Whenever I ask my partner for emotional support he has a panic attack and I end up taking care of him.
I have been with my husband for 3 years after meeting in highschool. I am on the autistic spectrum (formerly Asperger's Syndrome) and have ADHD. I am also somewhat depressed. My partner also has his own psychological issues including depression and high levels of anxiety.
I have always been a supportive husband and have never judged my partner for requiring significantly more care than I do, but recently I have been going through a patch of depression. I am currently seeing a therapist for my conditions and for the most part have been able to manage my symptoms without needing any assistance from my partner. But every now and then (mostly recently) I have needed and asked for support from my partner, which he claims to be willing to provide. But as soon as I try to open up he will have a panic attack and I end up taking care of him.
I understand that he has a lot more issues than I do and requires more emotional support, but I feel as if I shouldn't be scared of feeling depressed or anxious out of fear of causing him to have a panic attack. Even attempts to discuss this with him either result in panic attack, no matter how delicately I try to put it.
I truly love this man. But I am sick of feeling as if my problems do not matter or are less significant than his. What should I do?
You haven't offended me.
That's the difficult thing. Partnerships are two people, not just one. I've had hundreds of panic attacks. They suck.
This isn't the same as an intimate partnership but it is a relationship just the same.
My Mum has a severe mental illness and she has extremely, extremely high needs.
But I had a violent sexual assault amongst other things and now have PTSD.
So tell me, who's more important?
Neither of us.
In the long term, his high dependency on you is not sustainable. How on earth you shift his high dependency is not a quick fix but ideally should be addressed. Somehow.
You are important too.
Can other family members/friends help him while you are dealing with your own health issues in the short term?
Hi thisperson, welcome to beyond blue forums.
I get the feeling this is really affecting you, perhaps leading to feelings of bearing the burden of the emotional wellbeing of the relationship. This can lead to what you've described then a cry for help. Your cry for help isn't going unanswered!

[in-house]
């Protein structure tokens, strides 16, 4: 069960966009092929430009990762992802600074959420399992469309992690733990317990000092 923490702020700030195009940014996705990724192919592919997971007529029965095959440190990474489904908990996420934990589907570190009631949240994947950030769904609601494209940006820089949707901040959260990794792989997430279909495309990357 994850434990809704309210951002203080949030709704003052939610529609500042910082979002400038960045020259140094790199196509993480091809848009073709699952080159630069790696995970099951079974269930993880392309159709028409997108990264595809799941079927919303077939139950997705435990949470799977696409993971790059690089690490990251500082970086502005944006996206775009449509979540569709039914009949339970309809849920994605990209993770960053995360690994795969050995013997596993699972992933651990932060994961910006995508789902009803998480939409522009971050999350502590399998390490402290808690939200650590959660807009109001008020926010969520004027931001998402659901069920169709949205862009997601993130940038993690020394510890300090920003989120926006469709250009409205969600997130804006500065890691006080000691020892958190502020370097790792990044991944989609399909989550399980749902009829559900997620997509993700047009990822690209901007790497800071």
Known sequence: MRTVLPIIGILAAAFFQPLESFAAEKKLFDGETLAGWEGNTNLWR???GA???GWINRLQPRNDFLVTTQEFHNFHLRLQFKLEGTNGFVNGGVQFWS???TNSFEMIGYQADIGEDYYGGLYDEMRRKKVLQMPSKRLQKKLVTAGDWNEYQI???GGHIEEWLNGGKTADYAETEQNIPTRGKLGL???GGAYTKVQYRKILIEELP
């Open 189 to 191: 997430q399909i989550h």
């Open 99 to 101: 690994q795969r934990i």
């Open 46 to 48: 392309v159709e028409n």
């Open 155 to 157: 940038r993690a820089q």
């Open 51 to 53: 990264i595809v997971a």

Do you know what the root cause of your husband's panic attacks are? in your first post you describe that when you try to talk to him he has a panic attack and you end up looking after him instead of him looking after you.
It seems your husband associates you being unwell with him suffering a loss and then it leads to a panic attack - just from what you have said I get that feeling. Perhaps it's time for a slightly different approach.
Could you have a chat when you are feeling fine and step through with him what happens when you have a chat and he has an attack. Ask him if he knows what thoughts or feelings trigger it and let him know you are concerned about him and love him a lot. This might lead to a discovery of something you both didn't know.
Another option could be to visit a counselor or psychologist together and see if there's a way to bring some mutual care and health back into the relationship.
Do you have any other thoughts as to what else might be going on? Anything you can suggest that could help us work this out together?
I feel for you. It must be difficult trying to cope with your own issues and also provide support to your partner. Paul's response above has some wise words. I have issues I try to deal with and my partner has issues herself. I try to wait for a time when we are both on a relatively even keel where we are relaxed and reflective of our life together, or when we are out having a walk or drive. That is when I raise the issue gently and explain how I feel, and why I reach out to her, because I trust and respect her. I also explain how it hurts when I feel rejected or not heard. We manage mostly to talk things through and agree on how we respond to each other. This does not always work, but I am finding we are becoming clearer about each other and how we each feel.
Good luck with your struggle. It is not easy and seeking support from an objective third party is often a good solution to help you